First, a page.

The oil heating industry is entering a renaissance with a fuel that is cleaner, less expensive and more reliable than ever, Tom Santa, incoming chairman of the National Oilheat Research Alliance, told an industry gathering.
Santa, CEO of Santa Energy, Bridgeport, Conn., cited the adoption of ultra-low sulfur (ULS) heating oil as a primary factor in reducing heat exchanger contamination in oil-fired heating appliances, according to a NORA news release describing his comments. Burning higher-sulfur fuel results in build-up of such contamination, as well as reduced energy efficiency and added maintenance costs, Santa said in his talk, which was titled “Heating Oil—The Renewable Industry.”
With the reduction of sulfur, the incidence of fouling of heat exchangers is reduced by close to two-thirds, he said, citing research by the U.S. Department of Energy’s Brookhaven National Laboratory in Upton, N.Y.
Reduced-sulfur fuel is also better for the environment, as sulfur dioxide emissions are almost eliminated, making it on par with natural gas, Santa said, citing Brookhaven research. Additionally, the Brookhaven research shows that particulate emissions, a source of respiratory irritation, are also drastically reduced, again, on par with natural gas, Santa said.
The Brookhaven research showed that ULS fuel is more stable than higher-sulfur fuel, retaining its critical properties longer while in storage, Santa noted.
The clean nature of the fuel has added benefits for heating-equipment components outside the heat exchanger, Santa said. He referred to a study by his company, going back to 2006, that shows a significant decrease in fuel system failures. This greatly reduces service costs and improves reliability for the consumer, he said.
Data from the Northeast States for Coordinated Air Use Management, a non-profit based in Boston, show that blending renewable biodiesel into heating oil to produce Bioheat offers a clear and direct way to reduce greenhouse gas emissions beyond what is possible with any other heating fuel today, including utility gas, Santa added.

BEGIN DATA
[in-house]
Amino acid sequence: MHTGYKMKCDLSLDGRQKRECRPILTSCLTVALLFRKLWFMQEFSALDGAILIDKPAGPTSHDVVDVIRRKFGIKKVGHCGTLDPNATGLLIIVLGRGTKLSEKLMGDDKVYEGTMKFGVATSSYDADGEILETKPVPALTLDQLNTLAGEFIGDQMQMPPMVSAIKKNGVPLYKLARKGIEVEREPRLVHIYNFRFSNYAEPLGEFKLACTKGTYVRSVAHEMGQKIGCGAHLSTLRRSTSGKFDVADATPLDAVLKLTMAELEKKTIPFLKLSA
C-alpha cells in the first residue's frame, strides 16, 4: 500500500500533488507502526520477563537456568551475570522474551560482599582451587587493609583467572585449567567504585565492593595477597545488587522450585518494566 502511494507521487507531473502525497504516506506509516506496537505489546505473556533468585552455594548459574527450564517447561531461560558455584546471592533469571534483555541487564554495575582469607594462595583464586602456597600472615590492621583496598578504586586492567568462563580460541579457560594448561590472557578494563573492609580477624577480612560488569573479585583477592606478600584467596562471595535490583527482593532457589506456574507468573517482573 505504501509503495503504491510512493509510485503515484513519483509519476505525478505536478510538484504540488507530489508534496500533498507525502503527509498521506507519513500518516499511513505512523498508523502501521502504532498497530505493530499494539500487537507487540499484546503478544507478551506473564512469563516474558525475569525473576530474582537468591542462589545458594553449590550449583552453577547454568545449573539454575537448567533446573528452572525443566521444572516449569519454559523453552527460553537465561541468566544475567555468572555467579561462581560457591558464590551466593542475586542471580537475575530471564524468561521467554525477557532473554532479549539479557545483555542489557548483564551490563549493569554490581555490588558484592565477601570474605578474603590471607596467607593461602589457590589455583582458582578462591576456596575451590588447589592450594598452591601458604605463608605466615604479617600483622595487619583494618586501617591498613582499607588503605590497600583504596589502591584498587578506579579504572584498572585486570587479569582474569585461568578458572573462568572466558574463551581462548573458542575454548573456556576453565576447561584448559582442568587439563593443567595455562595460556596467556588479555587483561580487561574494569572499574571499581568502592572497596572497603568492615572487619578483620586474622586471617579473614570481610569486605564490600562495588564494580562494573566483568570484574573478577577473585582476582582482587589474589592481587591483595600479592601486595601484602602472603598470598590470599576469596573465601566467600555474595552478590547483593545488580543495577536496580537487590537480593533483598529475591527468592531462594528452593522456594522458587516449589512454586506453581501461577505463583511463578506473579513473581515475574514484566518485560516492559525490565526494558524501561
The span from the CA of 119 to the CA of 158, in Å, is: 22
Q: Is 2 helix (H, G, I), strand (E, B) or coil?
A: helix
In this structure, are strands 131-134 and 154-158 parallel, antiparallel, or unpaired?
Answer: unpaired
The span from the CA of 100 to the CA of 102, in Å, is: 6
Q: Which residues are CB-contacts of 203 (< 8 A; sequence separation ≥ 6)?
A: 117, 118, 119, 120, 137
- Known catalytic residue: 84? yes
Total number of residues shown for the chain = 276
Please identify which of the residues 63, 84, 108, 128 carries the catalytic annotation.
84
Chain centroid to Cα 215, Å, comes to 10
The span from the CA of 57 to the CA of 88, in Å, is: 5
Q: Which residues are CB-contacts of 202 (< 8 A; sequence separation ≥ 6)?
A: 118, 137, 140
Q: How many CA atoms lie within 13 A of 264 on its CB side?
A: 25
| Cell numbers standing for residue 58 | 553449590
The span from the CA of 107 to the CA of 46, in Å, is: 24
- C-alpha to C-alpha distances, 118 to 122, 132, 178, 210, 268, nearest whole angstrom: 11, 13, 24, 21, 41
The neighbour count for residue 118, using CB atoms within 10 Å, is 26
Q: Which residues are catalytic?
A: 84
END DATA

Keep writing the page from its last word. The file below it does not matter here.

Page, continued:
Beyond ULS and Bioheat, Santa enumerated additional advantages of heating oil as a liquid fuel: it is high-density (high British thermal unit output for small volume), has diverse and resilient supply sources, is easy and flexible to transport (by truck, rail, barge, ship, and pipeline), is easily and safely stored, and has an efficient and robust delivery infrastructure in place.
Lastly, Santa noted the low cost of heating oil. Using prices in Connecticut published by the state’s Department of Energy and Environmental Protection on October 3, 2016, Santa showed heating oil selling at retail for $2.33 per gallon while the natural gas price, adjusted to be equivalent with a gallon of oil, was selling at $3.00, negating any advantage for conversion and making oilheat “the economic choice.”
Santa concluded, “Now the industry is poised to reinvigorate itself and the industry must convey this to its own company employees, customers, public policy makers and the general public.”
Santa spoke at a Metropolitan Energy Conference luncheon on Nov. 1 in Connecticut, sponsored by the New York Oil Heating Association, the Oil Heat Institute of Long Island and the Connecticut Energy Marketers Association.
NORA, based in Alexandria, Va., was authorized by Congress. It is funded through a “check-off” program: $0.002 is collected at the wholesale level on every gallon of heating oil sold. NORA’s mission includes consumer education, professional education, improving energy efficiency and safety, and research.